paphioland

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Terry and Sincler were partners at the time. They did not have pollen they had a division of the plant and used the pollen many times to remake the cross. The OZ then sold their division later on.
 

Leo Schordje

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Thanks. Paphioland, I was working from memory, so I will accept your comments on Mont Milais. As to Orchid Inn, I admit, I have a bias in favor of Sam Tsui. I also have personally visited his greenhouse several times over the years and have seen his rothschildianums. I was truely impressed by his stock. You are correct that there are many private growers making great crosses, and the OZ too. I knew Lien was doing some breeding. I was mostly pointing out that Terry Root and the OZ does not have the 'exclusive lock' on high quality rothschildianum in the USA. I am looking forward to see what these next generations of crosses will bring.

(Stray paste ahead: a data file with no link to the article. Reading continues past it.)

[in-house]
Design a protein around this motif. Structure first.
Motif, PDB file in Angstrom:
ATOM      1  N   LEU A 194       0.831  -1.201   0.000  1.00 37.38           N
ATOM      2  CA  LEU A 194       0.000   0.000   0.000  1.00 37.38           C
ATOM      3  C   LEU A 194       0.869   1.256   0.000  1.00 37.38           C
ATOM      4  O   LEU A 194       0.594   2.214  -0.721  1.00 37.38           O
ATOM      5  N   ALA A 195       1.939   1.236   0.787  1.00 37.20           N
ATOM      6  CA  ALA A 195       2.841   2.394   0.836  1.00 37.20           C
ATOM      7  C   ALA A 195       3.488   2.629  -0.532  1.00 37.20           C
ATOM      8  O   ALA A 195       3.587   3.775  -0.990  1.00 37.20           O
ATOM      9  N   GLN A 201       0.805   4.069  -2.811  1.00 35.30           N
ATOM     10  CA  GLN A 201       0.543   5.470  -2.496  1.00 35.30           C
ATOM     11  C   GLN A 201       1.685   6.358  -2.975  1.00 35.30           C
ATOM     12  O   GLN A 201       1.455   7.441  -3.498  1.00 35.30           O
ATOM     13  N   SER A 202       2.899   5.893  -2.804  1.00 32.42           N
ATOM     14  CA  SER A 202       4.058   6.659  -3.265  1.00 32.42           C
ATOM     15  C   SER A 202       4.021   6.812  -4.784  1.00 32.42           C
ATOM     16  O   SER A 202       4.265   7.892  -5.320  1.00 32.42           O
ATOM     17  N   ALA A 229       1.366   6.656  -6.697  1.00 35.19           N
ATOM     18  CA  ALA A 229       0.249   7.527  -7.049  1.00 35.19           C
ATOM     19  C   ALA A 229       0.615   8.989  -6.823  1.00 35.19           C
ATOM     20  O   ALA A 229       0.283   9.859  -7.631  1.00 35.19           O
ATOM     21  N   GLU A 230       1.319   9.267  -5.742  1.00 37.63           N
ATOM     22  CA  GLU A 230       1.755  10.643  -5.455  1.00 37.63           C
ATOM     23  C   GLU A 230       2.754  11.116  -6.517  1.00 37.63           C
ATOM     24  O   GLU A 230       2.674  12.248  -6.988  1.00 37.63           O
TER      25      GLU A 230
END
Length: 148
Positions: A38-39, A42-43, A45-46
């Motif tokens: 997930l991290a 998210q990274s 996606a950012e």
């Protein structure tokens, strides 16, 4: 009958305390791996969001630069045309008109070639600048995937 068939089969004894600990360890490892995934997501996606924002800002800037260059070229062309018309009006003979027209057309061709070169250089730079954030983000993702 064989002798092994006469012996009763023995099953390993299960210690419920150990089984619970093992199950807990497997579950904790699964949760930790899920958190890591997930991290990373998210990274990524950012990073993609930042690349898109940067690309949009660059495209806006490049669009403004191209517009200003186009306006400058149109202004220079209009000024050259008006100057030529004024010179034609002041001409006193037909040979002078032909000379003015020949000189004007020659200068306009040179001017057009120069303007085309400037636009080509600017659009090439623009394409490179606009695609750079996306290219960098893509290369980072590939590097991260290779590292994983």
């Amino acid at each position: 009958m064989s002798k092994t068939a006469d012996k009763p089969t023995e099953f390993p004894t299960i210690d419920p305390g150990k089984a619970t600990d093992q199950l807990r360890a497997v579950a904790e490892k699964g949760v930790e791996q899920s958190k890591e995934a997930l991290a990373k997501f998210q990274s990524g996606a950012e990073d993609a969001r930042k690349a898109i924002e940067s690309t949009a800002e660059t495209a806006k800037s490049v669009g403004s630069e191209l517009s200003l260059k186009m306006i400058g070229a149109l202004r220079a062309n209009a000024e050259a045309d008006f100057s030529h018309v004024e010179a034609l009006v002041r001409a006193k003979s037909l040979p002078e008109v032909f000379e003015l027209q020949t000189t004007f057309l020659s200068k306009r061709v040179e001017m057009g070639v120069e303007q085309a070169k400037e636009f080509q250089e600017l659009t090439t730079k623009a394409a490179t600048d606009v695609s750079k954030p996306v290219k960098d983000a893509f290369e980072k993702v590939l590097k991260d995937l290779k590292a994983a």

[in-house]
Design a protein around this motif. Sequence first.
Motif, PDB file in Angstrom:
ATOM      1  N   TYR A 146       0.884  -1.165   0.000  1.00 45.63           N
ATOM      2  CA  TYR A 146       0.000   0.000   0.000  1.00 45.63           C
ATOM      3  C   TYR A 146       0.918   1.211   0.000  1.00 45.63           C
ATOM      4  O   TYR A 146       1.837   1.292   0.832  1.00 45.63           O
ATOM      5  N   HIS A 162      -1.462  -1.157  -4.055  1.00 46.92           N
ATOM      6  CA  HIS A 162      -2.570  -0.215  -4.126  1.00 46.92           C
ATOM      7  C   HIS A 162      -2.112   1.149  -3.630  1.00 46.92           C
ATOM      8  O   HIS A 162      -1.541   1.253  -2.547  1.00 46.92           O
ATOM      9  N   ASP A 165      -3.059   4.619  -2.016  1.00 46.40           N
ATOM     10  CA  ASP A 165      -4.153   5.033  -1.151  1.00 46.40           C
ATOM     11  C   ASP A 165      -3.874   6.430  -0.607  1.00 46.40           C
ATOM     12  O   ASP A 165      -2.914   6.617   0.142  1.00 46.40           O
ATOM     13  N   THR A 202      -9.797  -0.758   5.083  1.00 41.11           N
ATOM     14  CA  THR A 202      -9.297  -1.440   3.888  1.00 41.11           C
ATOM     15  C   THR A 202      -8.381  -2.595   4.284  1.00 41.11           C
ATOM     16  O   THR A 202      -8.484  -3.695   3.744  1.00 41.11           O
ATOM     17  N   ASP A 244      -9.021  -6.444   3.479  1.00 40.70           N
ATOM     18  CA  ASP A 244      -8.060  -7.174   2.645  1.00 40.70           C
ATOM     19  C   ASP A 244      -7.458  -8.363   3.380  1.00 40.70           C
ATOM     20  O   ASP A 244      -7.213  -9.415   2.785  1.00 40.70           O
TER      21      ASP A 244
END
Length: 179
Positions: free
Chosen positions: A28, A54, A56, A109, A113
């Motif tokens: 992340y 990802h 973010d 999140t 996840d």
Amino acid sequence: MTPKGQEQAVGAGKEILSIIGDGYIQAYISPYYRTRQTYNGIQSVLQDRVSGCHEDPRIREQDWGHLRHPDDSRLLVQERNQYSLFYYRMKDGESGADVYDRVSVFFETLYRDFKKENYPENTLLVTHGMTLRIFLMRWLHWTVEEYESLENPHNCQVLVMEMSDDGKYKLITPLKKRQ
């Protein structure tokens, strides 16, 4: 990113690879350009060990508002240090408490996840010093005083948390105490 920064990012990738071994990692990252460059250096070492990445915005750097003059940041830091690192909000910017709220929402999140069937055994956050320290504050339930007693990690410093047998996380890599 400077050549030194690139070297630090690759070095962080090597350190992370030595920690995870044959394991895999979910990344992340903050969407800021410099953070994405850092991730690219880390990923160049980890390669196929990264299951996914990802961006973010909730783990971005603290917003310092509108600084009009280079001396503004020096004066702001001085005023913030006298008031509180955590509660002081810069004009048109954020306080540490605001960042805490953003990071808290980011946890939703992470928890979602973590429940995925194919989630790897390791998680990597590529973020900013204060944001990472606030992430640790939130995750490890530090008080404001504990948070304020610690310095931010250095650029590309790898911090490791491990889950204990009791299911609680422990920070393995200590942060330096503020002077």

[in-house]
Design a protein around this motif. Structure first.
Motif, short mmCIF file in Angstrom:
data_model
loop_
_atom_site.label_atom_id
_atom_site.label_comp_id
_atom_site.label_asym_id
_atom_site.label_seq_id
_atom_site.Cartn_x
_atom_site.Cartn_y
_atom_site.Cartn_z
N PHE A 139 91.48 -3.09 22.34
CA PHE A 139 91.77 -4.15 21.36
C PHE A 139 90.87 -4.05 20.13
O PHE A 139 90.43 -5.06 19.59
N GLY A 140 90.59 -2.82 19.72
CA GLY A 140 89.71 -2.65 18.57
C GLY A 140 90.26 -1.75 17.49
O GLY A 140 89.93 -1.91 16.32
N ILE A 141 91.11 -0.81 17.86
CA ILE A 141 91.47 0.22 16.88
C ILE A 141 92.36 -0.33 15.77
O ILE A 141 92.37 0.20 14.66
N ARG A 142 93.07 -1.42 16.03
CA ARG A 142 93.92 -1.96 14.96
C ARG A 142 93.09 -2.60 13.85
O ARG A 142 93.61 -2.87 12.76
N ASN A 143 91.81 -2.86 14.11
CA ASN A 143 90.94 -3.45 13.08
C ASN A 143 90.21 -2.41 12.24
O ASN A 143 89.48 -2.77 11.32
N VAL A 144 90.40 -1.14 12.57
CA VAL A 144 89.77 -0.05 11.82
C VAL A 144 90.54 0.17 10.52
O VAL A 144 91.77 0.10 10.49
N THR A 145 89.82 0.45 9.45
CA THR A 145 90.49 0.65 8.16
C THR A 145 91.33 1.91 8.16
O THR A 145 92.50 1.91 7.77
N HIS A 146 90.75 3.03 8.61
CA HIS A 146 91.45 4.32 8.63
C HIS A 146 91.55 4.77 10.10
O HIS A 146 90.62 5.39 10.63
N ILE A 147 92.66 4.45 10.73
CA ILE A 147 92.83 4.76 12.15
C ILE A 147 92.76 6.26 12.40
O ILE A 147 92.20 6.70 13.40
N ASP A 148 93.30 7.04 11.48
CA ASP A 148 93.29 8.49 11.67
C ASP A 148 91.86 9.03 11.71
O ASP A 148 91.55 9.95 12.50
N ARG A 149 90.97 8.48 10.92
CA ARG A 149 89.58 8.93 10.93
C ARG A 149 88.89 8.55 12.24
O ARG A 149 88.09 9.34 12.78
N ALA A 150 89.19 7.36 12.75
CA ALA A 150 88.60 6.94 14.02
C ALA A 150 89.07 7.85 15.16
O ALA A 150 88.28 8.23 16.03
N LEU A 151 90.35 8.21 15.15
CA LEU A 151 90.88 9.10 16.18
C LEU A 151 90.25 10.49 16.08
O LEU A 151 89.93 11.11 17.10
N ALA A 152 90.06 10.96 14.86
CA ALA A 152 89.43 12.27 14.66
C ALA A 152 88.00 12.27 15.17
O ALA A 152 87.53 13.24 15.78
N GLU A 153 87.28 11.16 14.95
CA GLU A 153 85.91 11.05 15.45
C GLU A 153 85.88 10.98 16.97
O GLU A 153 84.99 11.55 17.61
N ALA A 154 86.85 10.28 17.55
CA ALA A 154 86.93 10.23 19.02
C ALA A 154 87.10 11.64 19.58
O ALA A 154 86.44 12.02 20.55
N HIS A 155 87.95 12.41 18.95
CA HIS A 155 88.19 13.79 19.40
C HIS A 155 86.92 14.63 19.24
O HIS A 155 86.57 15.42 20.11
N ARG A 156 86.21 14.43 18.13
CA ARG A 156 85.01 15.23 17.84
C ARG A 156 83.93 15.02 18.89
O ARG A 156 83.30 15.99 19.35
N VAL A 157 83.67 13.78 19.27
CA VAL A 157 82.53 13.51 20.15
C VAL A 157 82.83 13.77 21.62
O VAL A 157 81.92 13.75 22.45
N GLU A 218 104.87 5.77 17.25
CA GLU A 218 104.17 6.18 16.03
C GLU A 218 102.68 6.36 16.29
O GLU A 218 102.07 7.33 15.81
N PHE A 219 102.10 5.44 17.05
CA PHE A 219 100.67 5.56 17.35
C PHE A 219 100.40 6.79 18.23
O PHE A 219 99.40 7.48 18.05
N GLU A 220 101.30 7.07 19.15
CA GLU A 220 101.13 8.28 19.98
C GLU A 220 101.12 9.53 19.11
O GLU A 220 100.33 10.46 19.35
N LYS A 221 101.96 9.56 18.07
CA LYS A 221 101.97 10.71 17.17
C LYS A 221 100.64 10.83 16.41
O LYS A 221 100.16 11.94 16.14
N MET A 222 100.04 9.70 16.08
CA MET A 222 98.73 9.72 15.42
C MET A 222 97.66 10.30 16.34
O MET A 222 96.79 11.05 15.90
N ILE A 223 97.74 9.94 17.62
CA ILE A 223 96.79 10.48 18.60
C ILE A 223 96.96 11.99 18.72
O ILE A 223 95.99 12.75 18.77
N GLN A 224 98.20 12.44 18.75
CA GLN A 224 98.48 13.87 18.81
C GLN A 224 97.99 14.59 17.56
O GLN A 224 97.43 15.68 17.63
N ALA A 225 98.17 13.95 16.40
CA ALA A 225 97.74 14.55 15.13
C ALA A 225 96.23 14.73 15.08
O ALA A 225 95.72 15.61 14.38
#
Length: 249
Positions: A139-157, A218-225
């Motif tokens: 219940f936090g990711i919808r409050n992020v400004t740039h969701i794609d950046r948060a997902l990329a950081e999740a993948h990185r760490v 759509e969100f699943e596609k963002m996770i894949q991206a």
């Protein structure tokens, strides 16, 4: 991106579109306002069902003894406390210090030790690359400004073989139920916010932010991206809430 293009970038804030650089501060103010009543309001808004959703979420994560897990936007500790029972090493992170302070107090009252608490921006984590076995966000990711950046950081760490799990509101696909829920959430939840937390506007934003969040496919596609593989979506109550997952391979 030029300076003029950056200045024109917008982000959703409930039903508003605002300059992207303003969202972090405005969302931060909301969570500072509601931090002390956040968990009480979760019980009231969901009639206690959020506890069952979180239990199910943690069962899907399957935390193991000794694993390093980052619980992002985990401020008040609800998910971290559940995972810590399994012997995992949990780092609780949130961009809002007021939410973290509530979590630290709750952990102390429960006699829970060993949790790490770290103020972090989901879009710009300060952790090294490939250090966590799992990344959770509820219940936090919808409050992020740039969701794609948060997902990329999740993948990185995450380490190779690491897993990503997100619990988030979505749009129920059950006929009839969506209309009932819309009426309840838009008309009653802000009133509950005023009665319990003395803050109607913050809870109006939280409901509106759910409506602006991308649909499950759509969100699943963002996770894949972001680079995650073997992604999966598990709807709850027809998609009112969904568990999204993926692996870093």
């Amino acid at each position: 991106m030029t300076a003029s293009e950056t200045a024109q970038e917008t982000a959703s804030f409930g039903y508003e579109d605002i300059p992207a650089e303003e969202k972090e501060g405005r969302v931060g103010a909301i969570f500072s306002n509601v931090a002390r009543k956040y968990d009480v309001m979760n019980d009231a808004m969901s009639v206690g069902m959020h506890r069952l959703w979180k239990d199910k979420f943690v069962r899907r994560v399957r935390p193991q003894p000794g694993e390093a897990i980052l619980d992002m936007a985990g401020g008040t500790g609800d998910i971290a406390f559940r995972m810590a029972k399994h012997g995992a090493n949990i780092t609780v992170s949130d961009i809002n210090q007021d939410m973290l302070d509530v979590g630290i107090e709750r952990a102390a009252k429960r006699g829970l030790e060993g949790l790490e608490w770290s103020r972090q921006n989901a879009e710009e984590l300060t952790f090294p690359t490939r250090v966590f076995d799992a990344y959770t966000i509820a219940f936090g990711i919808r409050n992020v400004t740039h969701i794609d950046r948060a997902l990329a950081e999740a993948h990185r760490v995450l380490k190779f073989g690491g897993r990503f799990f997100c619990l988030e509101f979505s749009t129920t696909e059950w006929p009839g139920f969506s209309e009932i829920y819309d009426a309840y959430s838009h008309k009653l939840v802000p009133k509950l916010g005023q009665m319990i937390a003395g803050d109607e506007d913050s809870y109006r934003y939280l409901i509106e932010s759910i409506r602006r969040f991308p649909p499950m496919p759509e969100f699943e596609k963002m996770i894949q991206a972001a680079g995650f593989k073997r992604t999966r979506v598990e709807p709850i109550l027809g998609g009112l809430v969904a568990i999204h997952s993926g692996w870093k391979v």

P

paphlady

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So Leo, have you ever visited OZ, TON, and many the other people's nurseries and seen their roths in bloom?
 
B

berrywoodson

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Frank Smith had an awesome one in his exhibit at the WOC. I understand that it is a MM selfing.
 
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paphiness

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Both roth 'Atticus' and 'Jim Krull' were on display, and both plants are from the Orchid Zone's Rex x MM cross.

Also, the huge top prize-winning Michael Koopowitz at the K-S exhibit was from the Orchid Zone.

The besseae's under the bridge at the exhibit, and the one that received the best species plant award, were from OZ.
 

paphioland

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Both roth 'Atticus' and 'Jim Krull' were on display, and both plants are from the Orchid Zone's Rex x MM cross.

Also, the huge Michael Koopowitz at the K-S exhibit was from the Orchid Zone.

The besseae's under the bridge at the exhibit, and the one that received the best species plant award, were from OZ.
The St Swithin is also from the OZ

Roth Frank Smith that is listed as mm x self by the aos is a mistake. It is rex x mm.